I’ve been many times and had all manners of pizza at Varasano’s, from small miracles to limp-centered also rans. On this last visit (the pies are pictured above), the crusts were thin and gorgeously crisp on the bottom, but not as well raised as they have been in the past. Still, I was very happy to eat this pizza. Varasano, making the rounds, said he was disappointed with the crusts that day, though he has been generally happy with them over the past two months.

That is Varasano’s fate. He is a scientist, and he will see a thousand variables that can change his pizza crust, and he will never be able to control all of them. As he battles the demons of inconsistency, he will give this city a lot of remarkable pizza.

I’m glad we have our two passionate pizzaiolos in Atlanta — the one who cooks from the heart, and the other who cooks from the head. We’re a far better city for their efforts.

13 comments Add your comment

F-105 Thunderchief

November 9th, 2009
12:35 pm

We are indeed.

Thomas SENOR

November 9th, 2009
12:48 pm

When are you going to EAT AT PAPPI’s!!!! EAT THERE ALREADY….

Jim R.

November 9th, 2009
1:47 pm

John-Enjoy your current 30 in 30 and typically appreciate your comments and insight. As tough as it is to get the maximum amount of info. into such a short column I can understand shortcuts being taken, but I would really like to hear more about their pizza than how good the crust is. What toppings are offered? What type of salads and appetizers are on the menu? Any specials you particularly enjoyed? Also have you been to Jagger’s since they moved to Sage Hill. Is it as good as it used to be?

Darin

November 9th, 2009
4:32 pm

Atlanta has so many good places for pizza now.It’s ridonkulous. Between Fritti, Baronda, Antico, Varasano’s, Vespucci’s and Rosa’s, it’s difficult for me to resist eating pizza every day. Even good ole Fellini’s makes a decent cheese slice that I enjoy.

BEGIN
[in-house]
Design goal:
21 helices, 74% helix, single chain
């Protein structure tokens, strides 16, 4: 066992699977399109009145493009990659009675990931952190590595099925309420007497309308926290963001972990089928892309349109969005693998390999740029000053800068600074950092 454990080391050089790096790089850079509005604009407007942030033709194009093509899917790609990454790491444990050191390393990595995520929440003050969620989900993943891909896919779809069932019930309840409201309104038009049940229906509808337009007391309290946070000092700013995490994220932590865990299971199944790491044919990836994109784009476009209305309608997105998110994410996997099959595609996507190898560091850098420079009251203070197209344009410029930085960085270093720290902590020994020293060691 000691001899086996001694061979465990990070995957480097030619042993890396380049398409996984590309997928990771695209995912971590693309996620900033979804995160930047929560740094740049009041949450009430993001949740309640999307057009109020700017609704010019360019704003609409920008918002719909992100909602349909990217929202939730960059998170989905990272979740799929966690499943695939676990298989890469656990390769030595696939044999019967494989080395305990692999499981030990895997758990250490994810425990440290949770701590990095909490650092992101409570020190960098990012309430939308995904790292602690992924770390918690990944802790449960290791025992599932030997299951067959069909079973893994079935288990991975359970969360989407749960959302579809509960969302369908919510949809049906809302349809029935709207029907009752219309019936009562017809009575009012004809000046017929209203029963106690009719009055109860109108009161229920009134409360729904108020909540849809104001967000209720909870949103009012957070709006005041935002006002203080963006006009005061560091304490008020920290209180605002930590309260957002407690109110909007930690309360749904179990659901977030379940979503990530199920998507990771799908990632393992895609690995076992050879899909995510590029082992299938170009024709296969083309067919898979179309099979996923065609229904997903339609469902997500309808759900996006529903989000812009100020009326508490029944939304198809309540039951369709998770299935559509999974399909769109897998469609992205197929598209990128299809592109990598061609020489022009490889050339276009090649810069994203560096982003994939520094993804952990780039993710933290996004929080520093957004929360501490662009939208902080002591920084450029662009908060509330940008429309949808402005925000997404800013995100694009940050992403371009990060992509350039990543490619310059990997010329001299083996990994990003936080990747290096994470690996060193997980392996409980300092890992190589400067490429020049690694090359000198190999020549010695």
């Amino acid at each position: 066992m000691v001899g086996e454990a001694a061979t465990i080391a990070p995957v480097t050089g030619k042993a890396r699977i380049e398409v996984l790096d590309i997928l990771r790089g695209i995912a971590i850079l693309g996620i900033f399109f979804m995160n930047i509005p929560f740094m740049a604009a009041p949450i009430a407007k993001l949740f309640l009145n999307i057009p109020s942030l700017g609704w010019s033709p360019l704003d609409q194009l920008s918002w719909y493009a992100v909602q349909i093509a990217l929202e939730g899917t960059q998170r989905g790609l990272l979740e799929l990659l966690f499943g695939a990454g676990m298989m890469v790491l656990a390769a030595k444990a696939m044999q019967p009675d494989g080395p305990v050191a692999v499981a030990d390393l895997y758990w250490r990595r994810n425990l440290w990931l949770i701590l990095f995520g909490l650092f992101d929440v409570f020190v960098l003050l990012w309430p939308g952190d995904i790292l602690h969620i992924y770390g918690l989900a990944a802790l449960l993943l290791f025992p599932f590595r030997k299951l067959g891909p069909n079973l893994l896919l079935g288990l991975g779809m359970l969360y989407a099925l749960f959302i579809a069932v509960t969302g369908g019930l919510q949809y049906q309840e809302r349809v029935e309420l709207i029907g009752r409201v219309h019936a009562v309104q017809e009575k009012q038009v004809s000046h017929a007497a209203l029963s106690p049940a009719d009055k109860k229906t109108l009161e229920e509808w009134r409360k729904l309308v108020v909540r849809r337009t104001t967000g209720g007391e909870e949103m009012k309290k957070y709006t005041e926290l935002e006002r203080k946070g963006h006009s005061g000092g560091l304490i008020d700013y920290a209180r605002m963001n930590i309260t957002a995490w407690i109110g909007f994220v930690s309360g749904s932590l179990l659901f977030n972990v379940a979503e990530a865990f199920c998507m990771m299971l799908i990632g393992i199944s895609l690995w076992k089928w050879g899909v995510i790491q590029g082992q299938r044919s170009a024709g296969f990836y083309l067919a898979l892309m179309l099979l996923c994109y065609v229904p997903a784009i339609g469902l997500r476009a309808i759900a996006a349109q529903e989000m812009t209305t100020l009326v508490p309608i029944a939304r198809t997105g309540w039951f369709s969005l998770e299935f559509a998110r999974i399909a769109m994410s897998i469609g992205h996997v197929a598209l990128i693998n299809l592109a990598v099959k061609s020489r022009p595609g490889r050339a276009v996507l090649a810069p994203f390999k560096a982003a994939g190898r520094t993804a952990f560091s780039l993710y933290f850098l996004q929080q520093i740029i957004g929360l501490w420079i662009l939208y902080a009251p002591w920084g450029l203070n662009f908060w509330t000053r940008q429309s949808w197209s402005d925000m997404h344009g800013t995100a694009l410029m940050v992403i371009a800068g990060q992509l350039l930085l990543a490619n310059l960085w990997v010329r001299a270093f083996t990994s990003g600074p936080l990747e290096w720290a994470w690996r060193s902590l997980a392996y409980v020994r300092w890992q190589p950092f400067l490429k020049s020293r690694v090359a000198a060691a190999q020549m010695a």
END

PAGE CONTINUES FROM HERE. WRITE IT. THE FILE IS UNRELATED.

My pizza-enjoyment experience has come a long way since the Pizza Hut and Dominoes days — not to mention the Chef Boyardee kits my brother and I used to use for making pizza at home as kids. They were messy fun but they made some some naaaaasty pizza.

John Kessler

November 9th, 2009
5:51 pm

Hey, Jim –
See what you mean. I think I was preaching a bit to the choir with this post. Varasano’s makes two kinds of basic tomato pie — the Nana’s (pictured) has an herb-laden, cooked tomato sauce; the margherita has very plain tomato and cheese. I really like both, though I usually find the margherita needs a touch of salt. I love the white clam pie, which features loads of garlic, clams and a bit of mussel meat to give the flavor more oomph. Also, the dolce with fontina cheese, honey, dates and touch of rosemary is weird and amazing. Really like this place.

Jim R.

November 9th, 2009
7:00 pm

Thanks John..Sounds great and it is right around the corner. Appreciate the update. I realize all I had to do was look up the menu on their webpage but if everything the restaurant owners claimed was true really WAS true then we wouldn’t need food critics and I certainly would not want to live in a world like that! What about making your next project 30 bars in 30 days?

sha.chanel

November 9th, 2009
9:17 pm